The Martha’s Vineyard Museum recently honored three Vineyard residents for their service to the Island.

At a ceremony earlier this month, Len Butler, Robert S. Douglas and Catherine (Kay) Mayhew each received a 2016 Martha’s Vineyard Medal. The medal honors residents who have contributed to the history, arts and culture of the Island.

Kay Mayhew has volunteered more than 17,000 to the Martha's Vineyard Museum. — Courtesy Martha's Vineyard Museum

Mr. Butler played a lead role in relocating the Gay Head Light last year, serving as chairman of the lighthouse relocation committee, navigating reams of bureaucratic red tape and poring over the lighthouse structure and geology of the nearby eroding cliffs. Through it all, he maintained his day job as a senior site supervisor at John G. Early Construction, where he has worked since 1972.

A museum video of the event was made available to the Gazette.

“The Gay Head Light was moved by love,” said lightkeeper Richard Skidmore who presented the award and noted that the project relied on volunteers. “Len Butler was at the center of the beating heart of this tremendous enterprise.”

Mr. Butler in turn recognized Mr. Skidmore for spearheading the project four years ago, and the many others who helped make it happen.

“This speaks to the shared maritime heritage that the Island community has,” he said of the community effort. “Our forefathers — people from Tisbury and Edgartown, all the ships’ captains, all the lightkeepers, — they are all connected to this lighthouse. It couldn’t have happened without them.”

Robert Douglas has long ties to Island maritime culture. — Courtesy Martha's Vineyard Museum

“It remains today, through the efforts of all the people involved, sitting proud and tall atop the Gay Head Cliffs,” he added. “And that light shall shine for generations of Vineyarders to come.”

Mr. Douglas has long ties to the Island maritime culture. The captain of the schooner Shenandoah, which he designed and built in the 1960s, has helped thousands of school children learn about sailing and life at sea. He also founded The Black Dog company, whose flags fly on the masts of both the Shenandoah and the schooner Alabama, acquired in 1967.

Longtime friend Denys Wortman bestowed the honor in the absence of boatbuilder Nat Benjamin, who was unable to attend.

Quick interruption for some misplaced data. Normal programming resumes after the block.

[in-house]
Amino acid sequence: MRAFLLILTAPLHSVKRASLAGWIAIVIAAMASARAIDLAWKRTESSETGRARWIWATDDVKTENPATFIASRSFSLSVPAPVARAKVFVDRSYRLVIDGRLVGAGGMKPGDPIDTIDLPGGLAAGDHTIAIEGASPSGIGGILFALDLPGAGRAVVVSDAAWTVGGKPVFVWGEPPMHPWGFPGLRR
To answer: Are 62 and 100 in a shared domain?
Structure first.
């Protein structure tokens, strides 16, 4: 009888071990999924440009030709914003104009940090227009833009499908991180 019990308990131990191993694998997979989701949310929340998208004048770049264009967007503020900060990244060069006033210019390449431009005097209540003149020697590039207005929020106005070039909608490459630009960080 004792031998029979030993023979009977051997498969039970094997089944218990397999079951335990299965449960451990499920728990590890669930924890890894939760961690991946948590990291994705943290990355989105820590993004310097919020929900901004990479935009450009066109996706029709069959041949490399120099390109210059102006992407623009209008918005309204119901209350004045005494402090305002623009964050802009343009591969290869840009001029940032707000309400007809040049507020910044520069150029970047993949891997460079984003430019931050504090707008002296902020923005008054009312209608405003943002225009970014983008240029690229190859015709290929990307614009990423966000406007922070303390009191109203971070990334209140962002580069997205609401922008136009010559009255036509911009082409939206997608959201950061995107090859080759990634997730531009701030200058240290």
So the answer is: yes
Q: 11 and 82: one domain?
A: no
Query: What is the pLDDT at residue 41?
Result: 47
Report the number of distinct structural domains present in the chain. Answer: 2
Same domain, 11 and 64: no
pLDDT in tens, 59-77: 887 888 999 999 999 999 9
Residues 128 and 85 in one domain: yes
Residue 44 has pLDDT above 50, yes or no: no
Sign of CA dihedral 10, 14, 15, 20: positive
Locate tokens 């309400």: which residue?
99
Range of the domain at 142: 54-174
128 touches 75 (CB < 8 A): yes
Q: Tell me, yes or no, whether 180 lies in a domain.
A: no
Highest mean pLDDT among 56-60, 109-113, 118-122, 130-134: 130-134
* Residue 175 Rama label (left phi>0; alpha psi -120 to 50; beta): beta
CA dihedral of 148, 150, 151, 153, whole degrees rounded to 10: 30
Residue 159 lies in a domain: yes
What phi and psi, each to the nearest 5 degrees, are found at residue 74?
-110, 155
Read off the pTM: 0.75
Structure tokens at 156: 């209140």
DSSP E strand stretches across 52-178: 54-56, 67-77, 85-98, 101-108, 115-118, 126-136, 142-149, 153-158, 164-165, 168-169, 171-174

“Kids who live on this wonderful Island, so many of them have had that great, great opportunity to experience being on the water and learning how to sail,” Mr. Wortman said.

A member of the audience pointed over Mr. Wortman’s shoulder at the Shenandoah sailing by in the Lagoon.

“Like magic,” he said.

Mr. Douglas spoke about his life on the Island and his work with Island schools. “I had almost figured I didn’t deserve any honors in this department,” he said. “I’ve been doing exactly as I’ve wanted to do for the last 53 summers.”

He recalled spending a year and three months building the ship, and its arrival on Martha’s Vineyard on July 12, 1964. “It’s turned out to be one of those win-win situations,” he said. “I’ve lived on the Vineyard since 1958 . . . and I take out all the Vineyard kids that I can.”

Martha’s Vineyard Museum curator Anna Carringer recognized Mrs. Mayhew for her nearly 30 years of service as genealogist for the museum, formerly the Dukes County Historical Society. Mrs. Mayhew also served as secretary of the board of directors for many years.

Len Butler spearheaded Gay Head Light relocation project. — Courtesy Martha's Vineyard Museum

Ms. Carringer recalled her first encounter with Mrs. Mayhew, who was engaged in a spirited discussion among binders and folders in the library several years ago.

“I could tell immediately that this was a woman of great knowledge and also someone that would put up with very little nonsense,” Ms. Carringer said. “In the years since, I have looked to Kay countless times for help with research. And Kay the detective, the archaeologist of family trees, has always found the answer.”

Mrs. Mayhew shared stories of encounters and assignments over the years, including the challenges of tracking down Islanders who served in the World Wars (the Army could only say who survived) and being asked to identify 110 daguerrotypes of whaling captains.

“Genealogy is a matter of solving puzzles,” Mrs. Mayhew said. “I’ve traced Mayhews from the Island to Alabama and all over the world. I found Mayhew, Mississippi, where an Indian mission was named for Thomas Mayhew Jr. over 150 years after that remarkable man died.”

Over the years, Mrs. Mayhew has volunteered more than 17,000 hours to the museum.

Museum director Phil Wallis thanked the three recipients for their commitment to the life of the Island. “We carry that forward as a beacon as we move forward to the next chapter,” he said.